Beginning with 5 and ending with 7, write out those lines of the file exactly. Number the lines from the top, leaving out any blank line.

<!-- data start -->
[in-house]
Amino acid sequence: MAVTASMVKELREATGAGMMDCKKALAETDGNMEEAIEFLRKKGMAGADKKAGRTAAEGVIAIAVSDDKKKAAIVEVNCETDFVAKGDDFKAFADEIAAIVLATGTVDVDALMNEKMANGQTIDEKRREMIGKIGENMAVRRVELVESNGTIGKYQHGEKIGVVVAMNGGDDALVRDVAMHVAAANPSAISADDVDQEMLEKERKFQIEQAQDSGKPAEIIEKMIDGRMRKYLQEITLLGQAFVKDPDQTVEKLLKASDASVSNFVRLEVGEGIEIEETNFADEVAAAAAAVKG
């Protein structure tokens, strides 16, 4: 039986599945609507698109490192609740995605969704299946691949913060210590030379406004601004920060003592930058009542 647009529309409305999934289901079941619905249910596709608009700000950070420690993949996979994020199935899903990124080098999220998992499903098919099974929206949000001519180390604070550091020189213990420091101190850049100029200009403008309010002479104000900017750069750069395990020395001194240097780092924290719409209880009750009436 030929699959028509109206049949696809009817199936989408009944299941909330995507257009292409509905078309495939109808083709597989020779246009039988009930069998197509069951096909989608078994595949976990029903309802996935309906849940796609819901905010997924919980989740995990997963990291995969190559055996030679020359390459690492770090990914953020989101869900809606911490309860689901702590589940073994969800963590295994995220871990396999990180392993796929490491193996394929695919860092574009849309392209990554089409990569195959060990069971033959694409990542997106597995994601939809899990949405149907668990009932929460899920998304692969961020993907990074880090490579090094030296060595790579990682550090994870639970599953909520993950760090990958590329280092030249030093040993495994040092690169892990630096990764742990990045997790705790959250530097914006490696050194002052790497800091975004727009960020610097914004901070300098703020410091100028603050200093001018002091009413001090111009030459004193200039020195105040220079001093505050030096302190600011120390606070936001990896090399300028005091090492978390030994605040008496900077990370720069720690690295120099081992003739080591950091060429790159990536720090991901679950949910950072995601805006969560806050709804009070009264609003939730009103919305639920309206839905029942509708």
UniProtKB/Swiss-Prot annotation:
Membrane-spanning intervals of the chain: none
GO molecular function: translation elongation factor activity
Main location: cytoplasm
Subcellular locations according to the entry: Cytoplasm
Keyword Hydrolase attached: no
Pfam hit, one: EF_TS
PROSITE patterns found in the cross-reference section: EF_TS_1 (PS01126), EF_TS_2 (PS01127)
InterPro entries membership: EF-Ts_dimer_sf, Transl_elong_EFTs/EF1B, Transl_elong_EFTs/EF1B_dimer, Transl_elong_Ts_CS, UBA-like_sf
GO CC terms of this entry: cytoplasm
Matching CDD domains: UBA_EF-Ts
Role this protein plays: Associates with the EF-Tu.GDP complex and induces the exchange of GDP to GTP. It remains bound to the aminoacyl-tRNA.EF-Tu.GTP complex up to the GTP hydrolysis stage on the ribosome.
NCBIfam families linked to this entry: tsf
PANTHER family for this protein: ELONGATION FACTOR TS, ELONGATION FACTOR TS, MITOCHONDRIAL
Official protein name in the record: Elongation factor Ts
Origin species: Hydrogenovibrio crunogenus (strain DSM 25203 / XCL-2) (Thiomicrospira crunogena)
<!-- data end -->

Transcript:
Membrane-spanning intervals of the chain: none
GO molecular function: translation elongation factor activity
Main location: cytoplasm